This is what worries me. So my thought is to learn to reload so I can do it well in multiple calibers......... and then stock up with supplies in case I ever have to load my own. In the meantime shoot whatever is on sale or my own reloads...whatever...buy, reload...it don't matter......... based on the reality that I am only going to shoot 2-4 times a month. Mostly 2.

    Does this sound reasonable?

    Well, at least help me out with a justification here! :D You see...........these are the reasons I am giving Mrs Fumbles as to why I have now commandeered a further chunk of real estate in the garage as my own....to make my reloading station. First I built a home recording studio in just less than 1/2 the space...... then I moved in my toolboxes from when I was a pro motorcycle mechanic.......now I am building my own reloading table.

    I'm gettin' the stinkeye let me tell ya!
     
  18. Oldawg

    Oldawg New Member

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    Fumbles....I'm not seeing any replies to your post, so I'll throw in my 2 cents worth. I've been reloading off and on for many years, but had been getting kind of lazy with it, since it was easier to make some good buys at gun shows for my ammo needs. However, after Obama got elected, all shooters went into a panic mode because no one was sure what he was going to do with gun laws and such, and the handgun ammo supply dried up almost overnight. I was thankful I had a fair supply of components, but when I went to stock up with more, I found primers very hard to come by. Also, since I like to be self-sufficient, I went out to pick up some more lead for bullet casting and found everybody else seemed to have the same idea. My usual tire shops that used to give away old wheel weights by the bucketful, were all tapped out.
    Things have eased up now, everything is available again, altho the price has jumped considerably on most components.
    Bottom line...I am now worried this may happen again, maybe much worse than before, so I want to be prepared. Primers and powder will keep for many years if stored properly, so I'm trying to build a good supply of components, just in case.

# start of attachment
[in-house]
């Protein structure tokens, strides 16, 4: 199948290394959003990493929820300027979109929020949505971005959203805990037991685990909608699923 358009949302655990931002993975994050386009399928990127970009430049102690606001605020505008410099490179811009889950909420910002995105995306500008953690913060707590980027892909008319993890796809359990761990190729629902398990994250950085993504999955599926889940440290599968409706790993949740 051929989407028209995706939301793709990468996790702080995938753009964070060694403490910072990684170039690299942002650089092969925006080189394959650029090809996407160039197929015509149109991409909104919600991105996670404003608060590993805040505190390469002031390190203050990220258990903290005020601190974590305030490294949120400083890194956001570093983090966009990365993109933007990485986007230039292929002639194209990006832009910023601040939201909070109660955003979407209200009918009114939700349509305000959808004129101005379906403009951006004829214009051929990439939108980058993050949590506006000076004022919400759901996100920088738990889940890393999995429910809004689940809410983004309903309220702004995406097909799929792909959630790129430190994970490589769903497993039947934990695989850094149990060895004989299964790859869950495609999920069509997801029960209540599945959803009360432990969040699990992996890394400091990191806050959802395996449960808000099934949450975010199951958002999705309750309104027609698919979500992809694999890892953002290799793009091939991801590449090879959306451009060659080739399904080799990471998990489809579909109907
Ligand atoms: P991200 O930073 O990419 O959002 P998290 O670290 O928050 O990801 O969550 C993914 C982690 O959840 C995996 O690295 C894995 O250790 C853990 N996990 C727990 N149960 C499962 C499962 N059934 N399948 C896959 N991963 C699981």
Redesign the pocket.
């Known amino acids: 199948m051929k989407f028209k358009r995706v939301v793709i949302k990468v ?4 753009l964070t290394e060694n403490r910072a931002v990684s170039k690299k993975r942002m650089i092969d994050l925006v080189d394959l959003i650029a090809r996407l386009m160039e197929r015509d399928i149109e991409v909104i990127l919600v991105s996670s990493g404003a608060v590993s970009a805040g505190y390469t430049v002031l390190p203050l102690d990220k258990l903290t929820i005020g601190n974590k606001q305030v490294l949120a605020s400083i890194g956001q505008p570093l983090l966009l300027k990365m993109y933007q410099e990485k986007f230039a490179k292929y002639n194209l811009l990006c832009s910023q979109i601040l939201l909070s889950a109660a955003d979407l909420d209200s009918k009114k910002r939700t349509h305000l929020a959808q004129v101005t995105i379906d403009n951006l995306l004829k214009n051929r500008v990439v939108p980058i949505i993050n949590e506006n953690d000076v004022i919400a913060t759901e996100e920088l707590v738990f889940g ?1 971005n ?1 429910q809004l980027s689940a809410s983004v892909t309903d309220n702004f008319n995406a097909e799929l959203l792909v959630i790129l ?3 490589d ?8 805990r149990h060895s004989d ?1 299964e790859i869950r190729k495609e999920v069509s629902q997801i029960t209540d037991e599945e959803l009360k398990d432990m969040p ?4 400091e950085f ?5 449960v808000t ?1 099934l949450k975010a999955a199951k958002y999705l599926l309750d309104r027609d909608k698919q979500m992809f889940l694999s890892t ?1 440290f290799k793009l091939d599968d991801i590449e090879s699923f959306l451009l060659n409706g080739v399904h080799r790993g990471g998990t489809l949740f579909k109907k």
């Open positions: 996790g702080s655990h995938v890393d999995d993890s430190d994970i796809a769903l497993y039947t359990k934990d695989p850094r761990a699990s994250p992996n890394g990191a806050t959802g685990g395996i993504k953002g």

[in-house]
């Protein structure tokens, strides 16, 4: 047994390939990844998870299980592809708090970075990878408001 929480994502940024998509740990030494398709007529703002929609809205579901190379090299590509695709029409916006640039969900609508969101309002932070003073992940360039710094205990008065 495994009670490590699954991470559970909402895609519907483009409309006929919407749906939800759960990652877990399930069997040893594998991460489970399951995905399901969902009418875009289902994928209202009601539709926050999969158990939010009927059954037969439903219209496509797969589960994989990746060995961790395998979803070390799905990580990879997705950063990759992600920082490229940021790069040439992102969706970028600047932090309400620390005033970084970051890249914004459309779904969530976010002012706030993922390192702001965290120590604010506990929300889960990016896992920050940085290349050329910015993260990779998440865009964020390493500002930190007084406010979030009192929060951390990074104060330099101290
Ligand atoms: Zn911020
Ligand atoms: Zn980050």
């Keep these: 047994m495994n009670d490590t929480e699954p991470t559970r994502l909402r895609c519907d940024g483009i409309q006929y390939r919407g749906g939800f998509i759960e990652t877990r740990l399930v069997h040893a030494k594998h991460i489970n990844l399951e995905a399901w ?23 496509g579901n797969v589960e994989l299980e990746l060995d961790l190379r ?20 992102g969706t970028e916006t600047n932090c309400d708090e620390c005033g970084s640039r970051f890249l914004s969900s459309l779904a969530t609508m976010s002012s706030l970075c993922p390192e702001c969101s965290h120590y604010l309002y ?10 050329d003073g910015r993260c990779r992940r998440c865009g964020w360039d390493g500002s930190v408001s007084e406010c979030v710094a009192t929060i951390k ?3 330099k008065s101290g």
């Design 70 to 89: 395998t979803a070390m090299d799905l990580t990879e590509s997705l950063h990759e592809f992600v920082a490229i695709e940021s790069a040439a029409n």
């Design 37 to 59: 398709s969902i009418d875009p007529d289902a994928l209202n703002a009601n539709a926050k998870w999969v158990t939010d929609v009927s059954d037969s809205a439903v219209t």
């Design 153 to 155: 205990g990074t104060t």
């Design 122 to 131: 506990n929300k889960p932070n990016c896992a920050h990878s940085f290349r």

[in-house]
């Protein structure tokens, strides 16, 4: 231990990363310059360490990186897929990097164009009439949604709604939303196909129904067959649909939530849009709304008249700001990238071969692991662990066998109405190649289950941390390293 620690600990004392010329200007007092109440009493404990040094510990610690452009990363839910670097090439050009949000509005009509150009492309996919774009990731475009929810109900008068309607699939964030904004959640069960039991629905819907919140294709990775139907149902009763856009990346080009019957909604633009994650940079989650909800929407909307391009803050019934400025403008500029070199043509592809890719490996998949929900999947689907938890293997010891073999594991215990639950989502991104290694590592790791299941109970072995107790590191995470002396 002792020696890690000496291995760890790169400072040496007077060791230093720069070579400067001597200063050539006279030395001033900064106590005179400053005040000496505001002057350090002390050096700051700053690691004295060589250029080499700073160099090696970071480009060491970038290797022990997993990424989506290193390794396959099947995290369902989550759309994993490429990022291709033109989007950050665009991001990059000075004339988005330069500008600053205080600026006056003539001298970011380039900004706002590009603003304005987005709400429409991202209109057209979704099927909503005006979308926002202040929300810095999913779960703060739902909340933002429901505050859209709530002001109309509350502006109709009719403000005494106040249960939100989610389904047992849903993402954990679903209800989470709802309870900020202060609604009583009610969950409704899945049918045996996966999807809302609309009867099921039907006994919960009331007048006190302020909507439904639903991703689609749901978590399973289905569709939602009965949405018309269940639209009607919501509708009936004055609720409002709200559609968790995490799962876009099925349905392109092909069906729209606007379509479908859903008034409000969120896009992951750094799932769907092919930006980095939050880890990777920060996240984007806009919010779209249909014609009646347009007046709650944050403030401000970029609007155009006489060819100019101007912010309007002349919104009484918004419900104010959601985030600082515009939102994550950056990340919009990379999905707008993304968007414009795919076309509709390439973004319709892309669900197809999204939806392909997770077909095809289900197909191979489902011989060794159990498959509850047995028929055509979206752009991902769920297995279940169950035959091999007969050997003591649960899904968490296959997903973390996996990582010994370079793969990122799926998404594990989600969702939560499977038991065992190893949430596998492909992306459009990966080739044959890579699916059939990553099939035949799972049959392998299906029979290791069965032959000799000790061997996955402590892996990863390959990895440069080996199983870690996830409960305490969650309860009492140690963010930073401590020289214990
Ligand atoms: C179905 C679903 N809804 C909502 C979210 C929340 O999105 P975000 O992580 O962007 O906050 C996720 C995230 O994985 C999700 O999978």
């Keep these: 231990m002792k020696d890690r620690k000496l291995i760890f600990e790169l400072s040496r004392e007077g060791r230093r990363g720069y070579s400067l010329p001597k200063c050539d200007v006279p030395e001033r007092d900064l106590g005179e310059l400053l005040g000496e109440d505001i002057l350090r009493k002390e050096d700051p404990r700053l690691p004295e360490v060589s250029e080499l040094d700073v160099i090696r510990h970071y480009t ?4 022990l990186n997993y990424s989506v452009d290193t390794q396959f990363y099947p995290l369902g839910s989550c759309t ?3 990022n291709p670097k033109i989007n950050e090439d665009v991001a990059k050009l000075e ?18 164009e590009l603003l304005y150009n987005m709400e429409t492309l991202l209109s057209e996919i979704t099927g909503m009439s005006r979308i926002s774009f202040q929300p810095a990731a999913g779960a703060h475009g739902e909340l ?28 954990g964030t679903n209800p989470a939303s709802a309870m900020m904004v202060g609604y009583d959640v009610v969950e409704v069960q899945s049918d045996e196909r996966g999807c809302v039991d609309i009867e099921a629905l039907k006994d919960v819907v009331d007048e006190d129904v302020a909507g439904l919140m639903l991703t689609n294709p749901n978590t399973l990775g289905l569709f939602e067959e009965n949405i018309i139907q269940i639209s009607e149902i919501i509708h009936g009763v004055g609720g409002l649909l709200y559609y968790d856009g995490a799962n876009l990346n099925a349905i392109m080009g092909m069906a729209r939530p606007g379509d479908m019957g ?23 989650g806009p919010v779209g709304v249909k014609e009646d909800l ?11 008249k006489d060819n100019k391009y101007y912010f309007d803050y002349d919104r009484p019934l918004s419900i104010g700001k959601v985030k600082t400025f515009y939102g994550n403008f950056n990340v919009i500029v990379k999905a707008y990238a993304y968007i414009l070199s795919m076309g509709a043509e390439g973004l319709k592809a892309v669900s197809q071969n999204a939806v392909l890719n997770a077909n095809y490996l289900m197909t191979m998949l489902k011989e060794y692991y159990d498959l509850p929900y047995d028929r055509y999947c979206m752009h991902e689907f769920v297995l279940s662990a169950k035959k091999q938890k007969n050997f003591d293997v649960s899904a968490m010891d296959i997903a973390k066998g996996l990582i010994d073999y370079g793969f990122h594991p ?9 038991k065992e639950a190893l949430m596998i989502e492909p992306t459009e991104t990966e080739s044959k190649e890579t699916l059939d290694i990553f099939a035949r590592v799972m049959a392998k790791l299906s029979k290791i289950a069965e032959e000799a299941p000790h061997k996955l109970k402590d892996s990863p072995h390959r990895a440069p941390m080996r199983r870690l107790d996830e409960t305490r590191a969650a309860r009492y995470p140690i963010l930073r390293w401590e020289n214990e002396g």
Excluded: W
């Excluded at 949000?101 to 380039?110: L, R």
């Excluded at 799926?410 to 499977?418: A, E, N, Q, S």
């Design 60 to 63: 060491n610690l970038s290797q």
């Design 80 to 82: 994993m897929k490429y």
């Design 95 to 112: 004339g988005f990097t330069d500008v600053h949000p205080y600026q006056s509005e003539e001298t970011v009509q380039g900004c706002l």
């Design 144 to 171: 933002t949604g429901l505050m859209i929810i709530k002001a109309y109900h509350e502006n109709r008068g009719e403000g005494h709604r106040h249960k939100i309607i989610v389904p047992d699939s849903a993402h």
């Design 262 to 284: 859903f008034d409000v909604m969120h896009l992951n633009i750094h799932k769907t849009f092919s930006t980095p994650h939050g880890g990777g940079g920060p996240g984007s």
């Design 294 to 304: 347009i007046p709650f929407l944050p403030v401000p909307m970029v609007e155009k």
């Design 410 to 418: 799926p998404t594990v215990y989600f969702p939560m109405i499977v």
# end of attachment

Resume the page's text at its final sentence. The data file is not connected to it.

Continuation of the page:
I think you have a valid concern. If we don't need the stuff for emergencies, we can have fun shooting it in our old age!
     
  19. budman46

    budman46 New Member

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    cpttango lays it out well. i particularly like his comments on saving money...we could, but always manage to rationalize purchasing more than the savings realized by reloading.

    i've been reloading and casting for 40+ years, starting with lyman/rcbs single-stage equipment because that's what was available. i added dillon presses, a 550 and two square deals in the 80's, when shooting a lot of a few calibers. these days i'm into ww2 milsurps thanks to a c&rffl. i normally load 40-80 rds at a sitting and find lee's classic cast turret press fits my needs better than the single stage 'chucker or dillons.

    the classic cast turret equals/beats my rockchucker, costs about half the price and, with the turret system, is faster without giving up the strength of the 'chucker. it can be used as a single-stage, but i don't know why one would do so.
     
  20. therewolf

    therewolf New Member

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    I reload for accuracy, to make more sedate loads than the

    store shelf, which, IME, is not as well made, and punchy, as

    an "average" load.

    As to SHTF, are you really going to be able to find reloading

    components easier than finished bullets? Wouldn't reloading

    vendors dry up, just like all other supply sources? Sure, you

    could reload, until your first reloading component ran out...